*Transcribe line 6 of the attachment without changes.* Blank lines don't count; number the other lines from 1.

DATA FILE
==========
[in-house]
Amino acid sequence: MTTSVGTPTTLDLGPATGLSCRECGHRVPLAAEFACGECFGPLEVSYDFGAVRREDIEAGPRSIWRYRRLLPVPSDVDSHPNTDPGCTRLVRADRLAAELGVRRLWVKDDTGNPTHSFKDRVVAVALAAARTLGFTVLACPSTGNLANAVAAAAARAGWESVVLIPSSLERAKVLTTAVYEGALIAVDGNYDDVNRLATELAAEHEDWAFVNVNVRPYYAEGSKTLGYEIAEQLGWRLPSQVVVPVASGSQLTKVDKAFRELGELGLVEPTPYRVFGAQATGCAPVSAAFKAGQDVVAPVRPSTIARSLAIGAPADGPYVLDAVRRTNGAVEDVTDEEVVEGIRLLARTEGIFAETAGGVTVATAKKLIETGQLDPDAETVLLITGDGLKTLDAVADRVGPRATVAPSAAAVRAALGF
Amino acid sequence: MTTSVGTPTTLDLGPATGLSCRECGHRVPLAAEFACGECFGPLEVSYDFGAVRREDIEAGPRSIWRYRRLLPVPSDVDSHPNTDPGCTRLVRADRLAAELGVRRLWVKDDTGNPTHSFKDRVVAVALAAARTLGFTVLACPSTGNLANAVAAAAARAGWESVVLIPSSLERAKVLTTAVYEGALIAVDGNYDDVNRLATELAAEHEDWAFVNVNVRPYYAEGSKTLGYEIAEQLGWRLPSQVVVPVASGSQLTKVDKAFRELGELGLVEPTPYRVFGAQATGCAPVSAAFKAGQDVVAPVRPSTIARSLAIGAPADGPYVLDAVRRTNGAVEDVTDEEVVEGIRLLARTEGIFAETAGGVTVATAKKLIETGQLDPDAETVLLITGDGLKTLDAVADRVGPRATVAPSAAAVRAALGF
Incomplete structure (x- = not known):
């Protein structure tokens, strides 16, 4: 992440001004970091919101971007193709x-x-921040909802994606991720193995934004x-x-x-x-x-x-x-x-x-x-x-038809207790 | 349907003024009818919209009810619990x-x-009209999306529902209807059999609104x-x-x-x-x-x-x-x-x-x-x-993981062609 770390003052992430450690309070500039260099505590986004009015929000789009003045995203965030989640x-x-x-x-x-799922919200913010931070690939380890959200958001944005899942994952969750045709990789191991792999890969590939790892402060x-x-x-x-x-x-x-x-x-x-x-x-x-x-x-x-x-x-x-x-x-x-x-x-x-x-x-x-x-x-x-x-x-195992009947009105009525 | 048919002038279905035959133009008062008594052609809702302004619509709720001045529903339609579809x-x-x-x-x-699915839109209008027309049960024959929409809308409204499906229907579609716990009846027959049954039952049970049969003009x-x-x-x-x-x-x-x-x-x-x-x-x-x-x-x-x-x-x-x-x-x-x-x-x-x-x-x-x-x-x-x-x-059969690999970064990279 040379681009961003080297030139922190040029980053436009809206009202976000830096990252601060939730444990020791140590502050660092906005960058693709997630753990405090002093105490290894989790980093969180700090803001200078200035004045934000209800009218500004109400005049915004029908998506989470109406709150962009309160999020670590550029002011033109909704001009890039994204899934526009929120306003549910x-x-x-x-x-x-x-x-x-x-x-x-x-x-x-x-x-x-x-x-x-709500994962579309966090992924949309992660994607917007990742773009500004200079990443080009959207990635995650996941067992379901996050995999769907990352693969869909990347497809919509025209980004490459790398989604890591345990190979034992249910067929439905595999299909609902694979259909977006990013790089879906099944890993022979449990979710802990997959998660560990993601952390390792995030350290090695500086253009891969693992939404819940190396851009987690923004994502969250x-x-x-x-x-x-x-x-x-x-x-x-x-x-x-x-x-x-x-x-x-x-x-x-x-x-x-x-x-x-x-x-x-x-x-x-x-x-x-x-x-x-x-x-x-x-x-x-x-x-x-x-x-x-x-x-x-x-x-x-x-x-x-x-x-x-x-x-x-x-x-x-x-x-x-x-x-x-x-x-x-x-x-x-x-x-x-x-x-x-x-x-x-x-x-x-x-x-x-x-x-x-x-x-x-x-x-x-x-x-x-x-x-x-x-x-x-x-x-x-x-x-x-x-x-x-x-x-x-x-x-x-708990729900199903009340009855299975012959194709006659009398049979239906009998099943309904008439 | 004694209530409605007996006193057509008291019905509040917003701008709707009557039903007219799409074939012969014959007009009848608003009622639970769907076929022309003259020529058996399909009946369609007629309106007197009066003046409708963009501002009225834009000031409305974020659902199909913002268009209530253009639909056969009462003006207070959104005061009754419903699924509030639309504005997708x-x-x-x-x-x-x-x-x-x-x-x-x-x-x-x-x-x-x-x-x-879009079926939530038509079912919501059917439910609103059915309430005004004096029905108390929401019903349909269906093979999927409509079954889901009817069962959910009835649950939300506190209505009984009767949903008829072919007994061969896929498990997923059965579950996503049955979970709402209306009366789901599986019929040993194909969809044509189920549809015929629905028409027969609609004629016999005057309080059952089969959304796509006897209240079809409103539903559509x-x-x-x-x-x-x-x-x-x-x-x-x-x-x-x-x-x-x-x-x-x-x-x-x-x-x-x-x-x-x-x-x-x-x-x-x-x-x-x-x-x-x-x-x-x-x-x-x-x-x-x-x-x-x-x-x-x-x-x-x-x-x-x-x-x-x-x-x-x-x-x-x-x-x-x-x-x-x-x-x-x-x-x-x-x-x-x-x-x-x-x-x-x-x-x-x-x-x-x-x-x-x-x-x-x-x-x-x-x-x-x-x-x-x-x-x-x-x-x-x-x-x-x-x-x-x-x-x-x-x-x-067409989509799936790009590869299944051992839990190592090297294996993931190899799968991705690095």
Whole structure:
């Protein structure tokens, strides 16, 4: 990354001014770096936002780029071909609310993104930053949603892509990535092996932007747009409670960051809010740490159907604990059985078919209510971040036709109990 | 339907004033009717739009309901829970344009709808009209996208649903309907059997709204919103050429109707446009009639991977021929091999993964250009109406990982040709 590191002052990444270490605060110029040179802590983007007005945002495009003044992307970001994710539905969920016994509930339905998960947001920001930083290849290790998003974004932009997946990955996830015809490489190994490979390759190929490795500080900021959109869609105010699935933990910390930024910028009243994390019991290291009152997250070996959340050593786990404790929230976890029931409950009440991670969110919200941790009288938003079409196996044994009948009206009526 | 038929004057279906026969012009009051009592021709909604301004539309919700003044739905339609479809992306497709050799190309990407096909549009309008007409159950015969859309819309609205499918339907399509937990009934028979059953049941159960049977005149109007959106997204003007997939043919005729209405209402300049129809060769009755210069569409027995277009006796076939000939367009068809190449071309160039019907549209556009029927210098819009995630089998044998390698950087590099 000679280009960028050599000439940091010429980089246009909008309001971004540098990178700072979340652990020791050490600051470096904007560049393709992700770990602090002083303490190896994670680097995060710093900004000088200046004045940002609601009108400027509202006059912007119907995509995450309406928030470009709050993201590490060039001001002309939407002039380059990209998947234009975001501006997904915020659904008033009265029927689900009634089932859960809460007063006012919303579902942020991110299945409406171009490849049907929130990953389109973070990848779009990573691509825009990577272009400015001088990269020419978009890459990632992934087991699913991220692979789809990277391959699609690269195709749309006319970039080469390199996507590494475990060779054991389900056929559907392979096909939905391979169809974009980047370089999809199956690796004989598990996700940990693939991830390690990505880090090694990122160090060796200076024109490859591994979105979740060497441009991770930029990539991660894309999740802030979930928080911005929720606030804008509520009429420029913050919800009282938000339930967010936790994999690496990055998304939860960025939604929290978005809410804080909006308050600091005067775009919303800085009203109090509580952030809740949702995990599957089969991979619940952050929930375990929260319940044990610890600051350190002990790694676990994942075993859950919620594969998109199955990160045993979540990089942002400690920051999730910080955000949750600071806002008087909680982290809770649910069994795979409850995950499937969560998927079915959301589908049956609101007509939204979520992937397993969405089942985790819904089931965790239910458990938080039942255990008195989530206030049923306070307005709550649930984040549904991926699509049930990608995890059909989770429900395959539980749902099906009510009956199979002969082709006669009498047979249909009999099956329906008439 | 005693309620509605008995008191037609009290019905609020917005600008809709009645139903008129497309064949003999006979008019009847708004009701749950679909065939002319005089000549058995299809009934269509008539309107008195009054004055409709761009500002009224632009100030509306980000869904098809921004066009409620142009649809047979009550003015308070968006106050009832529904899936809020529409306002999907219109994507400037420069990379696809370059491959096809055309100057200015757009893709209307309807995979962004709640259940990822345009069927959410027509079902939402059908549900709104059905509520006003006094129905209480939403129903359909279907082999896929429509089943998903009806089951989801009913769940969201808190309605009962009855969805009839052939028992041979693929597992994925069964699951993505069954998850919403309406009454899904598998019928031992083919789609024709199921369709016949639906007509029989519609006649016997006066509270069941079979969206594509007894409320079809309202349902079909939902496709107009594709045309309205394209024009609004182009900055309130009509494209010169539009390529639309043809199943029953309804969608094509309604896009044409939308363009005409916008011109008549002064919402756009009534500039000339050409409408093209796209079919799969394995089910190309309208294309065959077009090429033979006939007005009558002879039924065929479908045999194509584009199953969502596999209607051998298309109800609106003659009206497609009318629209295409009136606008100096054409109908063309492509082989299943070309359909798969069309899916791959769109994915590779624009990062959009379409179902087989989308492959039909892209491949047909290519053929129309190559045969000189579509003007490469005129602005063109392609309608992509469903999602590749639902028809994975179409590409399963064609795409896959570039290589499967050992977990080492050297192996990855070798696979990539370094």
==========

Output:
Whole structure: